The goal of being a published writer is one many people dream of and work toward, with many authors working several years or their whole lives to make the dream a reality.
Reaching this goal at an early age are 20 fourth-grade students in Rhonda Haug’s class at Voyager Elementary who wrote original short stories and poems around the theme “100 Years in the Future.”
The students participated in a project led by Gig Harbor High School senior-to-be Finlay Adamson, 16, who forged the partnership as his service project for the National Honor Society.
I wanted to pick a project that involved the entire community instead of just the service chapter.
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“It was a personal thing. Through the National Honor Society I had to do a service project (and) I decided to go with this because it would make me work harder and branch out,” Adamson said. “I wanted to pick a project that involved the entire community instead of just the service chapter.”
Adamson contacted Haug — his former fourth grade teacher — about the project and she was able to include it into her curriculum for the students. Many of them were excited to start the project and began writing even before the assignment became official.
“They had a choice of writing a poem or narrative story about what the world would be like 100 years from now,” Haug explained. “I left it really loose ... they were all really excited about it.”
The excitement the students felt largely stemmed from Adamson, who presented the project to the class, she said.
They had a choice of writing a poem or narrative story about what the world would be like 100 years from now. I left it really loose ... they were all really excited about it.
“I think he did great. It was very well organized,” Haug said. “I’m really happy with the result and that my kids got to participate.”
Adamson collected and typed — with some more help from the fourth-grade class — the finished stories and poems from the students. He then had the book printed through CreateSpace on Amazon, with the printing fees covered by the local chapter of the National Honor Society.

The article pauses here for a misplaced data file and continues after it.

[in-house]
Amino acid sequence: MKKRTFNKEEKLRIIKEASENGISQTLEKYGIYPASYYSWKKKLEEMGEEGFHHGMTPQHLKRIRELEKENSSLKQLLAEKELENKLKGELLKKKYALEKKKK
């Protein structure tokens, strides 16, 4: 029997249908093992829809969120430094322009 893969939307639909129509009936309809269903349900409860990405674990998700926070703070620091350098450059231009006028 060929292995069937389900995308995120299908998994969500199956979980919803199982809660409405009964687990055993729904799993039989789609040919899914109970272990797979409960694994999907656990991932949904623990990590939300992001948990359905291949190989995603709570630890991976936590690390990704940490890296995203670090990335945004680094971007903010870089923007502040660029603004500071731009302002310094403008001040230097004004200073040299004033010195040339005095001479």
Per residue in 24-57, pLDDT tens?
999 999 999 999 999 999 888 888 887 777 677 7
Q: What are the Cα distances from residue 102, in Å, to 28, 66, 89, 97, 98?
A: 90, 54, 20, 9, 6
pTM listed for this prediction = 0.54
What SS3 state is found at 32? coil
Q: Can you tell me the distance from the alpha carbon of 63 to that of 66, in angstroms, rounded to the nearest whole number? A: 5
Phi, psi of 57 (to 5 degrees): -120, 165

After finishing the book, Adamson returned to Haug’s classroom June 19 to hand a copy of the book out to each participating student and encourage them to read a portion of their writing aloud for the class.
“That was my favorite part, handing it out and seeing how excited they were,” Adamson said. “The project is promoting literacy and critical thinking. If we can get these kids thinking about the future now then we can start changing it.”
Adamson has plans to expand his project with other high schools throughout Western Washington, encouraging collaboration between high school and elementary school students in further projects.
That was my favorite part, handing it out and seeing how excited they were. The project is promoting literacy and critical thinking. If we can get these kids thinking about the future now then we can start changing it.
Haug was delighted to see Adamson back in her classroom and reaching out to younger students to share his talent and passion for writing, something he has been working on since an elementary student himself.
“It was such a pleasure to have a former student come back. He was a great kid and great writer in fourth grade and it was great to see how he’s grown from there,” she said. “I feel very honored that he asked our class to do this. He could have asked anybody.”
For Adamson, the fourth-grade students are the real stars of his project.
“I’d like to thank you guys for working with me because without you I wouldn’t have had anything to publish,” he told the class before presenting their books.